School exclusions: ‘Parents being pressurised to accept managed moves’
Think tank says headteachers are using practice to protect record
24 January, 2020 — By Calum Fraser
Cllr Kaya Comer-Schwartz: ‘The number of pupils in alternative provision has more than halved since 2017 – we tightly monitor off-rolling without a destination, and work to help our schools develop best practice’
SCHOOLS are pressuring parents to accept “managed moves” as a way of not blotting their record with an exclusion, an education think tank has claimed, as Islington Council says it is cracking down on the controversial practice.
Use of “managed moves” powers by schools in Islington peaked in 2017 when it had one of the highest rates in the country, according to Department for Education data.
Research by Liberal Democrat Party-funded think tank the Education Policy Institute (EPI) found that between 2012 and 2017 about 300 pupils were moved from a mainstream secondary school in an “unexplained exit”.
Managed moves are when a pupil is transfered from one school into either another mainstream school, an alternative provision or in some cases out of the education system altogether.
Whitney Crenna-Jennings, EPI senior researcher, told the Tribune: “There has been an increasing worry in the school sector around the rising rate of exclusions so some heads are turning to managed moves as a way of getting around this and not having an exclusion on their record.”
A managed move cannot be implemented unless parents give their consent.
But some headteachers are pressuring parents to accept the move, according to Ms Crenna-Jennings.
As the Tribune previously reported, Islington Council was slammed in 2018 for having one of the highest rates of exclusions in London, sparking a Town Hall investigation.
In 2017, across all secondary and primary schools, 104 pupils were moved out of mainstream schools and into alternative provisions like the New Rivers Colleges and pupil referral units (PRUs).
The number has fallen to 48 last year.
“Alternative educational provision may well be the right choice for a child and one which benefits them educationally,” Islington NEU secretary Tony Buttifint said.
“We firmly believe that it is imperative that any movement between educational establishments is carried out with the best interests of the pupils in mind rather than the best interests of the school and we would be very concerned if Islington schools were participating in any form of ‘offloading’.”
Islington’s education chief, Cllr Kaya Comer-Schwartz, said: “The number of pupils in alternative provision has more than halved since 2017; we tightly monitor off-rolling without a destination, and work to help our schools develop best practice.”
Mother of 15-year-old with ADHD accuses college of ‘pushing out’ son
A SCHOOL has been accused of “pushing out” a student with learning difficulties by using the controversial managed moves system, writes Sam Ferguson.
The mother of a 15-year-old with attention deficit hyperactive disorder (ADHD) who attends St Aloysius’ College in Archway told the Tribune her son is “hardly ever in school” due to the amount of times he gets excluded for what she says are minor infractions.
When he is in school, she says he is often put into isolation within an on-site learning support centre (LSC).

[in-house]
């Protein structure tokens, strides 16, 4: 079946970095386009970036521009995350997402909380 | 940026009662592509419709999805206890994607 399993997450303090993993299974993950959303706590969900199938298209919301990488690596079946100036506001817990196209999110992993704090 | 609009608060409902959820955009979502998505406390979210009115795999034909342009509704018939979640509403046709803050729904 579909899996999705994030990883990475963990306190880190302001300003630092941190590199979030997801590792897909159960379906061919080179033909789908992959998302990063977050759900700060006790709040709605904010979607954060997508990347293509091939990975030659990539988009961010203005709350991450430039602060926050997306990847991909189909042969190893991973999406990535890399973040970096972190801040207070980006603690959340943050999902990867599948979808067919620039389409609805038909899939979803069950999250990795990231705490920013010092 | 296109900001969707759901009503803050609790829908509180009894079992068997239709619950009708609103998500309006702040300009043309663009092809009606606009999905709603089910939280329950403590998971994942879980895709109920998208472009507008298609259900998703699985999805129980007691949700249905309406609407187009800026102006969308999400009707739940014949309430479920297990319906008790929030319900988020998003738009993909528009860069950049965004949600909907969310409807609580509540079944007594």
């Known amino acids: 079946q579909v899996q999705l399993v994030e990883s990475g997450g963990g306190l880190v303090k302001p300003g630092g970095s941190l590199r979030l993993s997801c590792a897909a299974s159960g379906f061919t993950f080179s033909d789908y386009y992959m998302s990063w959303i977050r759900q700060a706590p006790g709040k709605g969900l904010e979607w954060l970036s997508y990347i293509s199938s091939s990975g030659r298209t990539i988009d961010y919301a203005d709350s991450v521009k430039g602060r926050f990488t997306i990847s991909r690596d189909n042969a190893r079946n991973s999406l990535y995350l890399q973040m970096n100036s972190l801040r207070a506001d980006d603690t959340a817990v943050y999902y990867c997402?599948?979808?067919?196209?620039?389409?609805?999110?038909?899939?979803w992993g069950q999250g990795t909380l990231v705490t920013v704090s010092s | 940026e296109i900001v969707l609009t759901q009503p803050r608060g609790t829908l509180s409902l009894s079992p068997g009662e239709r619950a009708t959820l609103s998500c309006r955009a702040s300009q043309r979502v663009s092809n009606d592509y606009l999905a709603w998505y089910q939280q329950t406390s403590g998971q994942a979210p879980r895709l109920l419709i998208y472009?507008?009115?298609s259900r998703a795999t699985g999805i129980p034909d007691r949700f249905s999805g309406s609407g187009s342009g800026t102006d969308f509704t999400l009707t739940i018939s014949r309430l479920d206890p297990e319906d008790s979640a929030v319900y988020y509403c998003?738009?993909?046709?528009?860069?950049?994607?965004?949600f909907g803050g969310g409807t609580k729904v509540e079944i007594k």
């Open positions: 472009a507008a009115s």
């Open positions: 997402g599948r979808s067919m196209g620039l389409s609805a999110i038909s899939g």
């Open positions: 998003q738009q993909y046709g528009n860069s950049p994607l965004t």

The pupil, whose identity the Tribune has agreed to protect, has also been moved temporarily to two other schools three times in the past two years, and his mother said he has had to seek counselling outside of school due to the stress this has caused him.
She said the school had spoken to her at least six times about moving her son to another school.
The mother told the Tribune that she felt intimidated by pressure to agree a move.
Last week, she says her son was put in isolation for wearing trainers.
“I don’t want a managed move because I know what can happen,” she said. “So many of the children who are moved end up in gangs and in prisons – it just doesn’t work. They have been trying to push my son out of that school because of his learning difficulties, but I’m fighting them all the way.”
She added: “My son was diagnosed with ADHD and Tourettes years before he started at that school, and before he started I told them all about it, and they said it would not be a problem. Now they want him gone. Something needs to be done – it’s just not right, and we’re not the only ones it’s happening to in that school.”
She said the past four years had caused her a lot of stress and upset.
“The school they have said they want to move him to is not close,” she explained.
“I’ve lost count of the amount of times he has been excluded for tiny things. Sometimes it’s for a week, sometimes for a day or two. It’s hard to keep track. He’s barely in school because he’s always being excluded. It’s very upsetting and stressful for me and my son. Something needs to be done.”
Executive headteacher Sue Heffernan said in a statement: “St Aloysius’ College is committed to creating a community in which all students and staff can aim for excellence in all areas – academic, social, physical, moral, cultural and spiritual. We are extremely proud of our staff and students, who this year celebrated together excellent GCSE and A-level exam results, placing the college in one of the top performing Catholic boys’ schools nationally for progress and well above national and local outcomes.”
She added: “This includes students who have identified special needs. A significant number of our sixth form students were offered places at prestigious universities, ensuring continued success for them.”
Last year, the Tribune reported on a student protest at the high number of exclusions at St Aloysius, and on one student’s fears for his A-level results after 20 teachers suddenly left the school.
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